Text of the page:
Food is a powerful force across cultures, countries and groups. Prized recipes are handed down through the generations. Mealtime rituals become family traditions. Even the dishes we use to cook and serve meals can hold special meaning.
Today, dinner is probably the biggest meal in many New Zealand households. It may be one of the few times during the day when families are all together. It might be a time for parents to show they care, by providing their children with a homecooked meal. It may even be a time for learning and bonding as a family.
In fact, family dinners could be one of the most important rituals we take part in. More than anything else, sharing a meal with loved ones could give Kiwi kids a head start as they navigate the world around them.
The history of the family dinner
Dinner wasn’t always our main meal of the day. In traditional Maori communities, large meals were eaten twice a day, once in the morning and again in the evening.1 Meals were served in an area of the marae set aside especially for eating. They were very much a group activity, shared by extended family, friends and others in the community.
The arrival of European settlers began to change when and how Kiwis eat.1 Three main meals, plus a morning and afternoon tea, became the norm. For much of the 19th and 20th Centuries, lunch was the biggest meal of the day. However, as cities grew and people started commuting further to work and school, dinner became more important.
Table manners were also imported from Europe, especially during the Victorian Era. Dining together as a family became an essential part of home life for many people.2 Parents used mealtimes to connect as a family, even educating their children in everything from table manners and conversation to religion and politics over dinner.
Family dinner in New Zealand has continued to evolve. Television shifted mealtimes to the living room in many households. No stats are available for the number of Kiwis who do this, but 60 per cent of Aussies say they eat in front of the TV always or often.3 The internet now means that families may be even more distracted while they eat. Smartphones, tablets and laptops make it possible to use the internet at the dinner table. Kiwis are also dining out more, with people in cities going to restaurants or getting takeaway almost four times each week.4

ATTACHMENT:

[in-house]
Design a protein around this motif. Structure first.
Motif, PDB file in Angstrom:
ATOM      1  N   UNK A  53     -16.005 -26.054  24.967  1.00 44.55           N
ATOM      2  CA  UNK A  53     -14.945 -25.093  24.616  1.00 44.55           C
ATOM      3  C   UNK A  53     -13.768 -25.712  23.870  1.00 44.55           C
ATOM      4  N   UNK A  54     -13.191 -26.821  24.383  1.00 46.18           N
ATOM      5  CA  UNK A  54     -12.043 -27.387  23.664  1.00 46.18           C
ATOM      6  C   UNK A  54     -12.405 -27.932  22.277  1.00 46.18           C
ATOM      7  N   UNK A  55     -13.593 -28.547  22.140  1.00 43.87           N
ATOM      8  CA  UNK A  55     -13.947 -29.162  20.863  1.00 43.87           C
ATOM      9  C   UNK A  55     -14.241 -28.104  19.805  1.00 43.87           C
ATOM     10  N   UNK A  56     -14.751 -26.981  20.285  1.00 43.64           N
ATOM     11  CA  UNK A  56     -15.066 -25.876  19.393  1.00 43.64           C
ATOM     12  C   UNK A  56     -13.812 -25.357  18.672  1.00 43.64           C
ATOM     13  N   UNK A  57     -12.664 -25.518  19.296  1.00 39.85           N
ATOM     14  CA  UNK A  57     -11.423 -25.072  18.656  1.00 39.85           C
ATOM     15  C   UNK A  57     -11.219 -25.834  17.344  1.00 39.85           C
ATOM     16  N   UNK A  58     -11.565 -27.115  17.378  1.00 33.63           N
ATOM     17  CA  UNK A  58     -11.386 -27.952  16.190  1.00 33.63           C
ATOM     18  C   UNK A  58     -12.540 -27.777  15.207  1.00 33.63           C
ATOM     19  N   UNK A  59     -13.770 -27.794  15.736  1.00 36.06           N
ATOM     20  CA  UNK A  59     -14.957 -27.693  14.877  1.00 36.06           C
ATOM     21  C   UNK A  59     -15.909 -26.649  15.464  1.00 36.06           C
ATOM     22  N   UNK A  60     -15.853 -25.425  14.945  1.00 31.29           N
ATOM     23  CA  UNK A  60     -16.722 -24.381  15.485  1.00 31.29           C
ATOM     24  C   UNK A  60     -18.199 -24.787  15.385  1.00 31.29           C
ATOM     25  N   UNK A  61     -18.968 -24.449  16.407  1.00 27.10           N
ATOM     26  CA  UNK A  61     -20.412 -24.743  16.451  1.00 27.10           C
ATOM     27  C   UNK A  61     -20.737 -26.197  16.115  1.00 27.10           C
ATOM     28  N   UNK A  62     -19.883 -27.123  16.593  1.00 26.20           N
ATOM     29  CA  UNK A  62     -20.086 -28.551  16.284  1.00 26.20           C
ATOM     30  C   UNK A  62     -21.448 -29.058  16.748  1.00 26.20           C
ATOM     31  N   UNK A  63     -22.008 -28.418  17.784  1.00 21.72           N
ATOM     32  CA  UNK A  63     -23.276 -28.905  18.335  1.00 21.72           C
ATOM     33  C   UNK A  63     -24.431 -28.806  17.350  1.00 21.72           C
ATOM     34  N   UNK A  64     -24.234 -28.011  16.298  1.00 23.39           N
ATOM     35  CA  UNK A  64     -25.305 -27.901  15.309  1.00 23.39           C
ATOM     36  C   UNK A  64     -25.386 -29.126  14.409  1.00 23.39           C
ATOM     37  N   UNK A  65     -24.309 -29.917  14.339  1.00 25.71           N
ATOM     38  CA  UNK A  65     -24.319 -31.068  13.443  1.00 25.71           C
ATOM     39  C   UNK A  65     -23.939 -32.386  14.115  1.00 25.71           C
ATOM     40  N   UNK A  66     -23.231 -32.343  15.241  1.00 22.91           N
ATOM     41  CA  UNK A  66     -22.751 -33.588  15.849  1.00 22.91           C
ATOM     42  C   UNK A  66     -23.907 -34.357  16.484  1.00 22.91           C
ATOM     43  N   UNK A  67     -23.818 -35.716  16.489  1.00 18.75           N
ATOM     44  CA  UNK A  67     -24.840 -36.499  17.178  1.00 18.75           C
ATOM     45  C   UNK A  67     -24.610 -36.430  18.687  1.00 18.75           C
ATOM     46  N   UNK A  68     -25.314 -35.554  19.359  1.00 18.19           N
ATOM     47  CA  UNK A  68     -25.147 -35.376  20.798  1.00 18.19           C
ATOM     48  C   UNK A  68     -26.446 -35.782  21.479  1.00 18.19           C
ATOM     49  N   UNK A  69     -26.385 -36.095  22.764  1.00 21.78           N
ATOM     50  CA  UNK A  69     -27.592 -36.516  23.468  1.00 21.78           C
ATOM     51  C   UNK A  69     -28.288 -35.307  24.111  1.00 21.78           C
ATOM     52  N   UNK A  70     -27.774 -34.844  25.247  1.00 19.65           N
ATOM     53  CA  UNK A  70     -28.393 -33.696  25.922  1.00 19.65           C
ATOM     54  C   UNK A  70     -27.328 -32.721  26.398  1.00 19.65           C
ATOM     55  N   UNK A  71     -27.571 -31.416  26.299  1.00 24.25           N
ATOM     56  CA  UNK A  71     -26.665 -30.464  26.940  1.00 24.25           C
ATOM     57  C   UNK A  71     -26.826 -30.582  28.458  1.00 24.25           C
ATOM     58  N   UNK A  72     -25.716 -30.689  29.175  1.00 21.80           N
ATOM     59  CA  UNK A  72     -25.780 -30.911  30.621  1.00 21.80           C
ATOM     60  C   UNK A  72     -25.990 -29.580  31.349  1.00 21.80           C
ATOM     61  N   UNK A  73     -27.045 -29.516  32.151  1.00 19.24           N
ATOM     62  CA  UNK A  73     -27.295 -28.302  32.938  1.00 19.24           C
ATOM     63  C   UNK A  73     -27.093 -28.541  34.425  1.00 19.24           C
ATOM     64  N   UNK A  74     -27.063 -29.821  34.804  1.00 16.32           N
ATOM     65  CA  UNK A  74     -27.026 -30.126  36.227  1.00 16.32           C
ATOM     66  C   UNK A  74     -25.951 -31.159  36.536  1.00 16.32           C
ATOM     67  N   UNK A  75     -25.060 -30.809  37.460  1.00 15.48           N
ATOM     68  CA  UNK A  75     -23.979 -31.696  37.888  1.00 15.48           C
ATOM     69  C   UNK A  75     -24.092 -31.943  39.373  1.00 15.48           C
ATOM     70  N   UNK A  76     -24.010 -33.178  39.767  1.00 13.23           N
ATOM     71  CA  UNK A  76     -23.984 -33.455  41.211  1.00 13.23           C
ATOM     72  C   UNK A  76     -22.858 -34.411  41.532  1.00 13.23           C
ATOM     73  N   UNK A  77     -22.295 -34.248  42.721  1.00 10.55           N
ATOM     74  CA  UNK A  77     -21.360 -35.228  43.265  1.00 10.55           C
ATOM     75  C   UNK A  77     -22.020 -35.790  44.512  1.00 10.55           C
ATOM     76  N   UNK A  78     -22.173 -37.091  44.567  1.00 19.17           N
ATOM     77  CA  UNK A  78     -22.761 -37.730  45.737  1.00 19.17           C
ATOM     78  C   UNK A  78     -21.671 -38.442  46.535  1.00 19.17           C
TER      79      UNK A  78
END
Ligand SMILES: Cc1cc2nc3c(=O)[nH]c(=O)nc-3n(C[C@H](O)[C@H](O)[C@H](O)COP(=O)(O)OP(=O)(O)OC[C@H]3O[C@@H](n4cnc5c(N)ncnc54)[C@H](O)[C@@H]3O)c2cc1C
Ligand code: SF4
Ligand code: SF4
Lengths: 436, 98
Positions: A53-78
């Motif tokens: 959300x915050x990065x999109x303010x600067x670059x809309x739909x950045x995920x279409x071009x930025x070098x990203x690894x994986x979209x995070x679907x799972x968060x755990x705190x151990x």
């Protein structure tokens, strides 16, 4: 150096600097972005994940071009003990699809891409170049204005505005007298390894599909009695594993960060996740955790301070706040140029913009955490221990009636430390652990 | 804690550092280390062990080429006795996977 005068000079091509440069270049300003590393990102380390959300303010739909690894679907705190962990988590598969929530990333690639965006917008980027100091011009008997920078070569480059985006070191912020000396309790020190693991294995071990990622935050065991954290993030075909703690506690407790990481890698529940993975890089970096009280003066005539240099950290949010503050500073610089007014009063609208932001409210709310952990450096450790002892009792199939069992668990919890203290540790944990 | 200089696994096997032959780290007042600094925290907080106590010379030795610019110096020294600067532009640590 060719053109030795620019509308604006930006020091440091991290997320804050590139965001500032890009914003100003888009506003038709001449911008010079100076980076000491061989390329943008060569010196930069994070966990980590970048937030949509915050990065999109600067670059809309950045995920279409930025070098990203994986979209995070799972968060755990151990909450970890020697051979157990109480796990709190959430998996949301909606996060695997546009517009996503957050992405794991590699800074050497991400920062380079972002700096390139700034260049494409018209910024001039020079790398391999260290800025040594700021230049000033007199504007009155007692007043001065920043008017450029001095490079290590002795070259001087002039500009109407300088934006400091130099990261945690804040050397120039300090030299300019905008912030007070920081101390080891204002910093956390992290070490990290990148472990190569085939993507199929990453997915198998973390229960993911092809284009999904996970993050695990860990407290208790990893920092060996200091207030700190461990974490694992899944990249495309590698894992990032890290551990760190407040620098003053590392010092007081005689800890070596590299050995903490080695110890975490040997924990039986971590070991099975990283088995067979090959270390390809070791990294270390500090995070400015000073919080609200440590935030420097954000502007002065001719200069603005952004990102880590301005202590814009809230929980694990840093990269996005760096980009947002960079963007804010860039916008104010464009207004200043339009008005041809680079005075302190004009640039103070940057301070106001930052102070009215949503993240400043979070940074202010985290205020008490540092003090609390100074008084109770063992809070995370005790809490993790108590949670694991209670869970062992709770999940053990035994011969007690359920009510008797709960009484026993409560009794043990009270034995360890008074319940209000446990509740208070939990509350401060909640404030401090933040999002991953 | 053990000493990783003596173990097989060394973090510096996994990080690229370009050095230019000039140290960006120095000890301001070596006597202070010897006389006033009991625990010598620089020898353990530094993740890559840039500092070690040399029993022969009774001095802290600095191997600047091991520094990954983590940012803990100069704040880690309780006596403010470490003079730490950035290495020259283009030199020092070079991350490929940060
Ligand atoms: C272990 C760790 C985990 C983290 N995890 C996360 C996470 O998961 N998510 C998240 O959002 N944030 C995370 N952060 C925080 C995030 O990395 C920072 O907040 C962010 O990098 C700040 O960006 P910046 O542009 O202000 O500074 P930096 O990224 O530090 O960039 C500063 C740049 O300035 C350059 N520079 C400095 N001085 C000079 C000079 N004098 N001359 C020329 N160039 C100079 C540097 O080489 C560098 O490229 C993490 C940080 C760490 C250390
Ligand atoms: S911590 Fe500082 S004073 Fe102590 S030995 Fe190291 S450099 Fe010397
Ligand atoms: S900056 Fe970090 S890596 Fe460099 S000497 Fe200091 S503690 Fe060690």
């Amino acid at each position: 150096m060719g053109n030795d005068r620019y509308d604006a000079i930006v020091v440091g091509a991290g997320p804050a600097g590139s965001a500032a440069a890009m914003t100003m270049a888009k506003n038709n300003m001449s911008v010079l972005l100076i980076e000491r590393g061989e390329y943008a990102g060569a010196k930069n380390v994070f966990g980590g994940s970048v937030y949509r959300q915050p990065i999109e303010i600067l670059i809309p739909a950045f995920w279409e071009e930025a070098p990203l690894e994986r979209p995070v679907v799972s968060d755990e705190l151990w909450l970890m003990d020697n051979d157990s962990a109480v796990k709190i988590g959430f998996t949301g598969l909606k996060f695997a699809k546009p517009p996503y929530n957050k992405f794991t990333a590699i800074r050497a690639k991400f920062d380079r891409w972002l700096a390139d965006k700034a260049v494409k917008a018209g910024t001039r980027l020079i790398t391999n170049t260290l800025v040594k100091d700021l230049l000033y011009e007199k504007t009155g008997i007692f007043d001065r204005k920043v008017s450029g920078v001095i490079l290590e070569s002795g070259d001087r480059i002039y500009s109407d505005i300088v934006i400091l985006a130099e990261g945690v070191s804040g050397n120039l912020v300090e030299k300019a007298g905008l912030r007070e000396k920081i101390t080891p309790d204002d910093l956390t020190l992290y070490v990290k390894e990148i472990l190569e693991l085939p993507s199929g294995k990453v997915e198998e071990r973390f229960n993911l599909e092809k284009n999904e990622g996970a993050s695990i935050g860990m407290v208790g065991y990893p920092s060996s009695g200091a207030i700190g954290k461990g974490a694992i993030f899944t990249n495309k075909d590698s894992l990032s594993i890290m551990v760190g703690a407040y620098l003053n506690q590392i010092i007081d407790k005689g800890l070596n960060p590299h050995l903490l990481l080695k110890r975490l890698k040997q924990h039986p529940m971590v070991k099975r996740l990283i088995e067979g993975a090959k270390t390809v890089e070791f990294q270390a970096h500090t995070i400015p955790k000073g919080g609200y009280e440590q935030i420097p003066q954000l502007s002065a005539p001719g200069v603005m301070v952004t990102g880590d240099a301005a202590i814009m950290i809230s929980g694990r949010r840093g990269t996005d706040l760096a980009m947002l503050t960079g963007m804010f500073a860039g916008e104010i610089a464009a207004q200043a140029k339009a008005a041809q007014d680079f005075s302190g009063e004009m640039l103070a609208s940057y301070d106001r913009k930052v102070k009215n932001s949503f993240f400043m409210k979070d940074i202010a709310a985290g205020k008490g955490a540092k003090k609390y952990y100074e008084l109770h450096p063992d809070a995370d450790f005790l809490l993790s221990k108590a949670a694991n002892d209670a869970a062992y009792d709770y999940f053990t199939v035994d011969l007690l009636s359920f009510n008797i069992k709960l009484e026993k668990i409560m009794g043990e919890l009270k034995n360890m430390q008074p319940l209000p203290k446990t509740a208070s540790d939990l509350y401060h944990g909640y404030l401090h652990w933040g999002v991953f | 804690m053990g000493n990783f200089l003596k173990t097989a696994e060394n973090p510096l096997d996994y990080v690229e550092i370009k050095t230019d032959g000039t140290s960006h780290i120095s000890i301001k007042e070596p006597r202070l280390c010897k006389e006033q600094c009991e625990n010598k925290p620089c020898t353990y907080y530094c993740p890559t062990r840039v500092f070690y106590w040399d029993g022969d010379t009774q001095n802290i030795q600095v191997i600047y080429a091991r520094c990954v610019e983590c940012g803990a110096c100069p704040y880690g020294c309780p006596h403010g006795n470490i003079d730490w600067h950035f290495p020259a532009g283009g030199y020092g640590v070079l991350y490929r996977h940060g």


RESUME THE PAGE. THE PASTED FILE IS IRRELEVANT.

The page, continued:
The importance of eating together
Eating together as a family is still an important part of many people’s day. However, you may not realise how important a simple meal together could be. Dinner can be about more than providing nutrition and fuel to those we love. In fact, it may help strengthen family relationships, and could boast a few other great benefits:
- Eating together helps kids develop motor and language skills. Learning to use cutlery can help little ones practice their fine motor skills, but dinner conversation may be even more important. One study found that kids learn more rare words (an important measure of literacy) at the dinner table than they do when they are read to!5
- Family dinners may help promote healthy eating habits. A study discovered that older children and teens who regularly had dinner with their families ate more fruits and vegetables than those who did not.6 They also tended to have less fried food and soft drink each week. (Interestingly, kids who eat in front of the TV don’t seem to have the same results.)7
- Sharing a family meal might lead to better school performance. Several studies link family dinners to higher grades and less truancy amongst adolescents and teens.8 In fact, shared mealtimes predicted a child’s academic success better than things like time spent doing homework or playing sport!7
- Dinners together may help teens feel better about themselves. Adolescents and teens who regularly eat dinner with their parents may have higher self-esteem and be less likely to feel depressed. They may also be less likely to engage in risky behaviour, such as using drugs or abusing alcohol.9
Making time for family meals
Your children may benefit from all the positives of family dinners, but that doesn’t mean it’s easy to plan them! Work, sport, homework and our social lives often make it tough for everyone to eat together. Younger children may need to eat early, teens might grab a bite on their way out the door, and mum and dad may not sit down until their meal is cold!
Making family dinner a priority may mean a little bit of work. It may be necessary to plan ahead, putting it into everyone’s diaries. You might even make a point of rescheduling other obligations to fit in more family time. This could help show your kids that you value this family time, and that it’s something important that you all share.
When you do manage to get everyone to the table, try to make the most of the experience! Eliminate distractions by banning phones, tablets, gaming consoles, laptops, television… really anything that could become a substitute for conversation.
No matter when or what your family eats, shared dinners could be an important part of bringing everyone together!
Dealing with a picky eater? You might also enjoy “5 Foods to avoid packing in your child’s lunchbox.”
1. Eating, Te Ara—Encyclopedia of New Zealand
2. ‘No place for discontent’: A history of the family dinner in America, NPR
3. Bite-size view of a nation, Sydney Morning Herald
4. Why New Zealanders are dining out more than ever before, NZ Herald
5. What kids learn during dinner, Greater Good Magazine
6. Family dinner and diet quality among older children and adolescents, Archives of Family Medicine
7. The most important thing you can do with your kids? Eat dinner with them, The Washington Post
8. How American children spend their time, Journal of Marriage and Family
9. Family meals and the well-being of adolescents, Journal of Paediatrics and Child Health